“The carpet’s all paid for, God bless the TV”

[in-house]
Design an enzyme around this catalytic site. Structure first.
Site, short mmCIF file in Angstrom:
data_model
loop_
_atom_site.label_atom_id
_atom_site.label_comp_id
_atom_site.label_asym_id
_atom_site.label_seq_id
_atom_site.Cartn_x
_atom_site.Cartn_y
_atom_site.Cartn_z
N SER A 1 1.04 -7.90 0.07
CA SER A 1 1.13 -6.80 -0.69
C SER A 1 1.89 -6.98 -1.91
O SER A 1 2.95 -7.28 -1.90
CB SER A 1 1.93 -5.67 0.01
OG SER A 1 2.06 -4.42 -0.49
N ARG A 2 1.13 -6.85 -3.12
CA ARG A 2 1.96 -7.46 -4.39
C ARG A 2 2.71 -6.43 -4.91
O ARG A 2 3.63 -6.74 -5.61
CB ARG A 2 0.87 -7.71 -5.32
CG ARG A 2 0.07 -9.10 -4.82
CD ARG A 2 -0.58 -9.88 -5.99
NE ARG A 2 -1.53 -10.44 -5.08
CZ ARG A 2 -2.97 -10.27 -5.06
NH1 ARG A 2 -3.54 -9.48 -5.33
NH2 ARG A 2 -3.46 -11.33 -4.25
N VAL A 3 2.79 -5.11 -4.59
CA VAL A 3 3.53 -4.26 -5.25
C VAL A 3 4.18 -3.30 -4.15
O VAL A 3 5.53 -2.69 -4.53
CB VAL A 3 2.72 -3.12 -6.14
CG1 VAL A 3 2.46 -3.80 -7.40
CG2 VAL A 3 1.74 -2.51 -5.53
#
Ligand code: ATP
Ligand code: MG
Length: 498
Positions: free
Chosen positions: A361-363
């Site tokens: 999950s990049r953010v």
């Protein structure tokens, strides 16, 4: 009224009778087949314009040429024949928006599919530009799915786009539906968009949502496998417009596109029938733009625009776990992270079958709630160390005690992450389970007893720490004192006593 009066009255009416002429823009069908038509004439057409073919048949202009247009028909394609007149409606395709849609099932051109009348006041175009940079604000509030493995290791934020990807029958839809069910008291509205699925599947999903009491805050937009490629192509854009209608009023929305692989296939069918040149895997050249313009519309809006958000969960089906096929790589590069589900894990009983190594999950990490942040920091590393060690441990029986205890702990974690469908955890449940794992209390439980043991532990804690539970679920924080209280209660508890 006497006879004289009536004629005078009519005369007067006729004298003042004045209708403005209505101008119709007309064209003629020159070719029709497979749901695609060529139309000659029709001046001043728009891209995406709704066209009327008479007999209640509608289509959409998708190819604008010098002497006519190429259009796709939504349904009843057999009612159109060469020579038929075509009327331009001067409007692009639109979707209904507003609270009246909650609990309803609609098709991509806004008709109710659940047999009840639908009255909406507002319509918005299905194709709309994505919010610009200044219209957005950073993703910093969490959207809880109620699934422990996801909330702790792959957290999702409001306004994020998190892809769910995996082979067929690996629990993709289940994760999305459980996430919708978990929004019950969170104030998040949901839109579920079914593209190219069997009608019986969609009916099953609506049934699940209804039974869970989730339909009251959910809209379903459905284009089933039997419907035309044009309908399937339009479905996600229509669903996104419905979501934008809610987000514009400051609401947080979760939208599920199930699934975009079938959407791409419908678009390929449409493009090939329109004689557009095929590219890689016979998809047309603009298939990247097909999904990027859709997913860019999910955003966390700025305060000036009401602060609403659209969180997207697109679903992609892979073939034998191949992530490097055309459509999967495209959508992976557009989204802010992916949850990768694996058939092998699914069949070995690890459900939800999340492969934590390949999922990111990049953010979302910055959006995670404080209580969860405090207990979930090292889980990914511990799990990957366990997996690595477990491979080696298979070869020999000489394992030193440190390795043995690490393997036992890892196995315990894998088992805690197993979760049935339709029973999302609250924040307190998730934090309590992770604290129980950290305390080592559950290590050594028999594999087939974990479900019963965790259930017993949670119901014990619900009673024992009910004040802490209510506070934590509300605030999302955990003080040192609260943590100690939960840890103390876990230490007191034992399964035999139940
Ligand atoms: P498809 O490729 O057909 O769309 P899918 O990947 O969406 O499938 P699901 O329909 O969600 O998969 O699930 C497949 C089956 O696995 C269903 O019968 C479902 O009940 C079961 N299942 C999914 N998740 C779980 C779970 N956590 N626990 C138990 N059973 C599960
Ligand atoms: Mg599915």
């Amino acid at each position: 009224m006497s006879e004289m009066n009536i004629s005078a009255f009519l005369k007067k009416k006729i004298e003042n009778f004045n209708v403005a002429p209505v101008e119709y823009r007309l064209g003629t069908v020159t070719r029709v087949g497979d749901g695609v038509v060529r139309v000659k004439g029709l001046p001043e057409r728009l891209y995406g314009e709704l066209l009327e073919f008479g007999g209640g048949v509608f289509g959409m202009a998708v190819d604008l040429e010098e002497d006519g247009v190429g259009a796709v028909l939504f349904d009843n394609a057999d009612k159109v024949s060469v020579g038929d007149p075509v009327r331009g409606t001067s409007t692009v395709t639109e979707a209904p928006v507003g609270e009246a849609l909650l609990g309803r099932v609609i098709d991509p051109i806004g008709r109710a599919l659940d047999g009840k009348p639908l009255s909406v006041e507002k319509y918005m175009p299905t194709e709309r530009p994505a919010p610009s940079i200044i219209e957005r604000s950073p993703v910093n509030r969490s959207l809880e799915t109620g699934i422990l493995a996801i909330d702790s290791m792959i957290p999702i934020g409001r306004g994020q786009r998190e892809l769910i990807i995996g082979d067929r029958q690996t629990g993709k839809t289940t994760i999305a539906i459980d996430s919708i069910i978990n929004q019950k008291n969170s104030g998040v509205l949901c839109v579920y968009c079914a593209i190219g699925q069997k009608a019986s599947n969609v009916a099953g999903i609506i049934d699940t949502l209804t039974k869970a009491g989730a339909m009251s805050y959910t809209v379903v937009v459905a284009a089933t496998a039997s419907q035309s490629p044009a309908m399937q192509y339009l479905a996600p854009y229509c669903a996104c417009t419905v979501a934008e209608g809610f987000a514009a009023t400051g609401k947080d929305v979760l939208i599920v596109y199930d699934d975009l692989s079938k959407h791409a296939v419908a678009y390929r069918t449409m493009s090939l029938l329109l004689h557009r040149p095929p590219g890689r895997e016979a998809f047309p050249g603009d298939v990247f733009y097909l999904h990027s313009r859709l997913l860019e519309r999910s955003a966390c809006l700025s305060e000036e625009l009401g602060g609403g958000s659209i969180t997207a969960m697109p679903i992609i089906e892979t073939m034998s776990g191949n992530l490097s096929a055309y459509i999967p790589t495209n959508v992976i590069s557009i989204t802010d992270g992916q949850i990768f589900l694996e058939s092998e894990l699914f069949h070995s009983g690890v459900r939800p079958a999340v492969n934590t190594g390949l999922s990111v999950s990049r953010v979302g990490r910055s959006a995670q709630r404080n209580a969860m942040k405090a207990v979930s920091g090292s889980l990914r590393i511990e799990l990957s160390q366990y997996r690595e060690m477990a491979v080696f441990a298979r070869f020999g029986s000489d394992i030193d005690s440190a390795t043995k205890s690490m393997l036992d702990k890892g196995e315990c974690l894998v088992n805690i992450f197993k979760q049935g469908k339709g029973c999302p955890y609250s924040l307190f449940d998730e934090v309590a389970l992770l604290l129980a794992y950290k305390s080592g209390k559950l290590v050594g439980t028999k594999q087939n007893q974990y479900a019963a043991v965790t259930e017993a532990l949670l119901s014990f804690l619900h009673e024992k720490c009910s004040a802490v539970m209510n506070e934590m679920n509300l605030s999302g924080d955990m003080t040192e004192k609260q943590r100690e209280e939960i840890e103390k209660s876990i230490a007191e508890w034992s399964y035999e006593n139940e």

Elton John wouldn’t know what it feels like to be resigned to a tiny, meaningless life confined by carpet and television. He had a bigger destiny. But if he hadn’t made it as a rock star, he would well have been facing a miserable lifetime of conformity and complacency. Alcoholism, depression, divorce, alimony payments, poverty, all of the fun stuff. If he’s any sort of a reasonable thinking person at all – and I’m certain that he is! – he’s thanking the skies above that he had the talent and the drive and the luck not to end up a sad lonely little man with nothing to lean on in life but the westerns on TV. But he has a ton of empathy for those people who did end up like that. And he’s saying that there ain’t nothing wrong with it. It’s a sign of Elton John’s empathy as a performer and Bernie Taupin’s empathy as a writer that they don’t use the small person’s small life as a metaphor for some grander point about the general meaninglessness and unfairness and grinding ennui of a society that dehumanizes and isolates even as it comforts and tranquilizes etc. etc. Lots of people’s lives revolve around small comforts and familiarity and dumb entertainment and they’re not really aching for anything more. They just want to settle down and watch Roy Rogers reruns in peace, and that doesn’t make them bad people and it’s not an indictment on all of society.